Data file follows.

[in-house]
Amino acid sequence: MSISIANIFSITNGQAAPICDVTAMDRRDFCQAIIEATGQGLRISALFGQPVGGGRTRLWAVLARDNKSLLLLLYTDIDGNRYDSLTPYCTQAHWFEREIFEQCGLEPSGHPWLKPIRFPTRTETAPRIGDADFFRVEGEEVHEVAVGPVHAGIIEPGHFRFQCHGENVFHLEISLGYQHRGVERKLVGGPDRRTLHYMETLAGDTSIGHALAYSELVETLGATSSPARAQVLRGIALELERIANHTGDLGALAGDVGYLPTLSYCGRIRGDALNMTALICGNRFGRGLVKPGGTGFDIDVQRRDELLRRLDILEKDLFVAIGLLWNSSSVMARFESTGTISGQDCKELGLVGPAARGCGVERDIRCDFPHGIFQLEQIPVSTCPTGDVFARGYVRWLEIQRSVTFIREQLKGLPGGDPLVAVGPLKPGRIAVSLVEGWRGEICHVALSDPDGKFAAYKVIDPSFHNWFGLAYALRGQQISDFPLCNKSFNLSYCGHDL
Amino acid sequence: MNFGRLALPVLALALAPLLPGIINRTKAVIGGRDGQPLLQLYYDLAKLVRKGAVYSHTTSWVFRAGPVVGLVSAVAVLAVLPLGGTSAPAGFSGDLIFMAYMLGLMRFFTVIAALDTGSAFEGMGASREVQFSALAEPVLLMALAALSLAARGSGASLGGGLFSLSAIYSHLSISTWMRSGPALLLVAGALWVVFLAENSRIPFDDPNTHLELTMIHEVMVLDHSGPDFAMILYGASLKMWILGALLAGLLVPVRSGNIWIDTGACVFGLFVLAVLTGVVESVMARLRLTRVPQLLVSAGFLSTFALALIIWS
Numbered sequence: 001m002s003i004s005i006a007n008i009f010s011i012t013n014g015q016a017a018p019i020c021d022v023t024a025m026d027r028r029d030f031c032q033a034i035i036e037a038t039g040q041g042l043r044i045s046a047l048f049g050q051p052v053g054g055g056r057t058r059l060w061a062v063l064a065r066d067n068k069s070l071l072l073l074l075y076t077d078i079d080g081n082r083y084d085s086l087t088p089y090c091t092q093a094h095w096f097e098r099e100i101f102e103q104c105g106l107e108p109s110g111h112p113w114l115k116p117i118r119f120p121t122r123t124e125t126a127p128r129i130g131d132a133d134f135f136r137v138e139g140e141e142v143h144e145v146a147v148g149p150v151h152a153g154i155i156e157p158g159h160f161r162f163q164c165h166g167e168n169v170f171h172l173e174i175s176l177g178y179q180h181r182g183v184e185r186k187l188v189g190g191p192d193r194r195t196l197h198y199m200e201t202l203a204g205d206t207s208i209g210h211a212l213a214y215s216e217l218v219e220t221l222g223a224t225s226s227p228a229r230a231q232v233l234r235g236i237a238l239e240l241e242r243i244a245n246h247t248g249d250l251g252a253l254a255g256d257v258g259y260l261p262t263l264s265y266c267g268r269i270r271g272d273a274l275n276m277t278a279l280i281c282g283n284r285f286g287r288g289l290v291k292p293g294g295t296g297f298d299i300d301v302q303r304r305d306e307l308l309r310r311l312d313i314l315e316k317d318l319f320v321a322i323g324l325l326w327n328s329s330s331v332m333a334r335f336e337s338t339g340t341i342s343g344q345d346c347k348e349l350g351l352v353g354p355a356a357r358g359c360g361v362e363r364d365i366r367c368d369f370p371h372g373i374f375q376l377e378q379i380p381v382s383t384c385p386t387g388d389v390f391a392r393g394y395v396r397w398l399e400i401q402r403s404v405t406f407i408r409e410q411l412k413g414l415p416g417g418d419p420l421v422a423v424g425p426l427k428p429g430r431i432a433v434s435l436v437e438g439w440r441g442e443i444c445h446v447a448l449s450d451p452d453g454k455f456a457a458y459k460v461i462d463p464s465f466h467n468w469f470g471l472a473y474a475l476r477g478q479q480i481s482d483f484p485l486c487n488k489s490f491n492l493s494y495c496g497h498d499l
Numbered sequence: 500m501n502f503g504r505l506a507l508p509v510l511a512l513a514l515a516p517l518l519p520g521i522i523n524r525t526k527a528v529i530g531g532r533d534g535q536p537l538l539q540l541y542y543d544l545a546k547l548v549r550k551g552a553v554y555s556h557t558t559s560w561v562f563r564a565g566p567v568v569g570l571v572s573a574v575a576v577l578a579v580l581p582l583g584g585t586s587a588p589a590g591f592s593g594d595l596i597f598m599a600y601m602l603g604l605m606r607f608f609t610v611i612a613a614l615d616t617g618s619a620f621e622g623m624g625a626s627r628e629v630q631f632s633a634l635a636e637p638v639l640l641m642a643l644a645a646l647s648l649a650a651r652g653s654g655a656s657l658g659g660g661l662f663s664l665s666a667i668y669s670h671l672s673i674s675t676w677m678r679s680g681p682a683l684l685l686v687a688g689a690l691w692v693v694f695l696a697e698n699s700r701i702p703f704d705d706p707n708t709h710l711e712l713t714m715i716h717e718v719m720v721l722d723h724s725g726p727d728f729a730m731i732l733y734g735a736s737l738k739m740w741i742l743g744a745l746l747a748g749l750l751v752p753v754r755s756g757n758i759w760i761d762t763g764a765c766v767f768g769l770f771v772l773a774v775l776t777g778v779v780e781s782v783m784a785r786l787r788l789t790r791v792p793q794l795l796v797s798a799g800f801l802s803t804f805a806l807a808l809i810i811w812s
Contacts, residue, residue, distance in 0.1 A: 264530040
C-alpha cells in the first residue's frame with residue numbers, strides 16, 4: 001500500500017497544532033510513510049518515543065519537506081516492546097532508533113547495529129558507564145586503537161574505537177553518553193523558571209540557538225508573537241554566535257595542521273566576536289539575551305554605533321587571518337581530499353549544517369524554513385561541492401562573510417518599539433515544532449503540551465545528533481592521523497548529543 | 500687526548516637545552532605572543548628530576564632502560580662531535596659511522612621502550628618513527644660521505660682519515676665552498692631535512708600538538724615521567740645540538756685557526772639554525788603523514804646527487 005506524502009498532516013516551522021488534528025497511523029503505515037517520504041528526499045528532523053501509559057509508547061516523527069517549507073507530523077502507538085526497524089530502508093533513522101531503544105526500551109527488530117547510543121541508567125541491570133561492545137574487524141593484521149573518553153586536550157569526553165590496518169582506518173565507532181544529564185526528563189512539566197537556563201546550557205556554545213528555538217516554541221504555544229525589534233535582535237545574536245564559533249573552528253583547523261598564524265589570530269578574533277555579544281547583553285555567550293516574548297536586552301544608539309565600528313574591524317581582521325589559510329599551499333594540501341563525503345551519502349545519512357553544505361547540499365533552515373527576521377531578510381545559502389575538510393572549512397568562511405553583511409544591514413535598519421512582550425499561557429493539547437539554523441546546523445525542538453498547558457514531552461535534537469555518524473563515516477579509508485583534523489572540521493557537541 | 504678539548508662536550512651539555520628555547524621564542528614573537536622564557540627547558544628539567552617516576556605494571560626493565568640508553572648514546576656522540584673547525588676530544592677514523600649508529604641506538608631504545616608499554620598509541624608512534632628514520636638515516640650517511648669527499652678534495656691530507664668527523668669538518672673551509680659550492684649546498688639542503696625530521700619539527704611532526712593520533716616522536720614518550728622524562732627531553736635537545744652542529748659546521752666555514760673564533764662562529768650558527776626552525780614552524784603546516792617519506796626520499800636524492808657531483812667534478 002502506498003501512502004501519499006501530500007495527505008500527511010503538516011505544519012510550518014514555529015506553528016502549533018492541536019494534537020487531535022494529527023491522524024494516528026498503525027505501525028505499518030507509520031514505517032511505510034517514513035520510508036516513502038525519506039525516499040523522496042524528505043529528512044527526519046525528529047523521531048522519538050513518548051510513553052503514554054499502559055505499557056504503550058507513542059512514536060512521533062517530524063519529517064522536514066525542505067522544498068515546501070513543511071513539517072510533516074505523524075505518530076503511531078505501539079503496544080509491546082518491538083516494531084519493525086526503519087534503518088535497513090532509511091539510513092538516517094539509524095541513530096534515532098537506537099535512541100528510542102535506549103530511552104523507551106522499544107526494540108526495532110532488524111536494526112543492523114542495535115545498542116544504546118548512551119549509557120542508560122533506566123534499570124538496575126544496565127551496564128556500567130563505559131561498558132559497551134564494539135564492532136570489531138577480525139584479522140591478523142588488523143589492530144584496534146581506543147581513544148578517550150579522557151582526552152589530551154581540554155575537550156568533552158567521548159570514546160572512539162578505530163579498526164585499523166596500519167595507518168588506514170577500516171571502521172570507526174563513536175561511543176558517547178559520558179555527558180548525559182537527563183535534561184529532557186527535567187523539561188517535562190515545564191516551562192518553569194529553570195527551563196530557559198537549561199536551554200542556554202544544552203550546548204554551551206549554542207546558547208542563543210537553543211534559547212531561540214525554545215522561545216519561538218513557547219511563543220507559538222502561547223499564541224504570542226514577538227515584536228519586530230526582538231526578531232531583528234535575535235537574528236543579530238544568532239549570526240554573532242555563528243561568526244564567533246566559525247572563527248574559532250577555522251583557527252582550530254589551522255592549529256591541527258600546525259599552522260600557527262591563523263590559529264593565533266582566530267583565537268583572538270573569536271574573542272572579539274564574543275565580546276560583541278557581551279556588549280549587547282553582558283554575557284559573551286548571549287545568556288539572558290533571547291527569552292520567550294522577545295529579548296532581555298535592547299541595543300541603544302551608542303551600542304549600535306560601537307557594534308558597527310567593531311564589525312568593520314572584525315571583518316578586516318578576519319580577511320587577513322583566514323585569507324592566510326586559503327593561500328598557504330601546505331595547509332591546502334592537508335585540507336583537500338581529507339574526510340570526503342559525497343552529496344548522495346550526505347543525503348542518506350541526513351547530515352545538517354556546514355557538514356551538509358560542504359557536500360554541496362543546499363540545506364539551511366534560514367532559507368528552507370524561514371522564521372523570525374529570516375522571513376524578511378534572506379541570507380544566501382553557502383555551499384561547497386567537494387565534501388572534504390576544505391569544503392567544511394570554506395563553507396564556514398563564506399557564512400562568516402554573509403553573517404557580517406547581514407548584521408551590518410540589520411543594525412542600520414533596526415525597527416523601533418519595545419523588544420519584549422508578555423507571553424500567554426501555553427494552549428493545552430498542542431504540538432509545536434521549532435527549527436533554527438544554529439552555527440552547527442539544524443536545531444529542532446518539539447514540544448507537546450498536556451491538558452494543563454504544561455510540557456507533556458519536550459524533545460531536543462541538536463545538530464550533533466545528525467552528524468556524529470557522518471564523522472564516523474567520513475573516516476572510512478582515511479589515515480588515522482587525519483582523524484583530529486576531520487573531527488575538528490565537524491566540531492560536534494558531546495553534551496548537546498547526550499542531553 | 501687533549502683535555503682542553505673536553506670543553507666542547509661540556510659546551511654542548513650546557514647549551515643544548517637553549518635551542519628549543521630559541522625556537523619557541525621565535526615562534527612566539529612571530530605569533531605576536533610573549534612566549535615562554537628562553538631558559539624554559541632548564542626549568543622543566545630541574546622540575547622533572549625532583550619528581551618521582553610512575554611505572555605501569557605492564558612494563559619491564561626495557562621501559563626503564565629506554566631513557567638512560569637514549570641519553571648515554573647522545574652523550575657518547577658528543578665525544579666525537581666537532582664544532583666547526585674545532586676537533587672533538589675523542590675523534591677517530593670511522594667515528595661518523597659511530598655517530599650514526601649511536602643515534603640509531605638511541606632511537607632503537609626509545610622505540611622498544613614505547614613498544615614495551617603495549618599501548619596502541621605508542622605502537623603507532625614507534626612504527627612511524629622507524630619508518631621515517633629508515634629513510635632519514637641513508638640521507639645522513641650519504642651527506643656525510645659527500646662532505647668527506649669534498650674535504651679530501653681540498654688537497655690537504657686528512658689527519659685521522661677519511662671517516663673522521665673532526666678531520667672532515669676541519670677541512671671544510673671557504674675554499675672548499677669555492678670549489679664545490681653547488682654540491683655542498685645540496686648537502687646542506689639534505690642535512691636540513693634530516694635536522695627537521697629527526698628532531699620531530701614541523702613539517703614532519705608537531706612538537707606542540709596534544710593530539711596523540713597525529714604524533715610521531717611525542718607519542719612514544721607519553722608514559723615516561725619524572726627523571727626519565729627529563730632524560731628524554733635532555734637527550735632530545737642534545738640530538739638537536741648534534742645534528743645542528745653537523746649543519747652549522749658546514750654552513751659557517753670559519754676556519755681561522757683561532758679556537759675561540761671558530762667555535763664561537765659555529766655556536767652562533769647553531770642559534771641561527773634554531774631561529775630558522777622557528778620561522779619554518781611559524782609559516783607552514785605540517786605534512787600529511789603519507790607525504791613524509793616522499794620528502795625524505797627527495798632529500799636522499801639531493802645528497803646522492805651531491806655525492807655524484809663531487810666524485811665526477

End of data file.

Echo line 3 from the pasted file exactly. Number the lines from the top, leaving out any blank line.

Amino acid sequence: MNFGRLALPVLALALAPLLPGIINRTKAVIGGRDGQPLLQLYYDLAKLVRKGAVYSHTTSWVFRAGPVVGLVSAVAVLAVLPLGGTSAPAGFSGDLIFMAYMLGLMRFFTVIAALDTGSAFEGMGASREVQFSALAEPVLLMALAALSLAARGSGASLGGGLFSLSAIYSHLSISTWMRSGPALLLVAGALWVVFLAENSRIPFDDPNTHLELTMIHEVMVLDHSGPDFAMILYGASLKMWILGALLAGLLVPVRSGNIWIDTGACVFGLFVLAVLTGVVESVMARLRLTRVPQLLVSAGFLSTFALALIIWS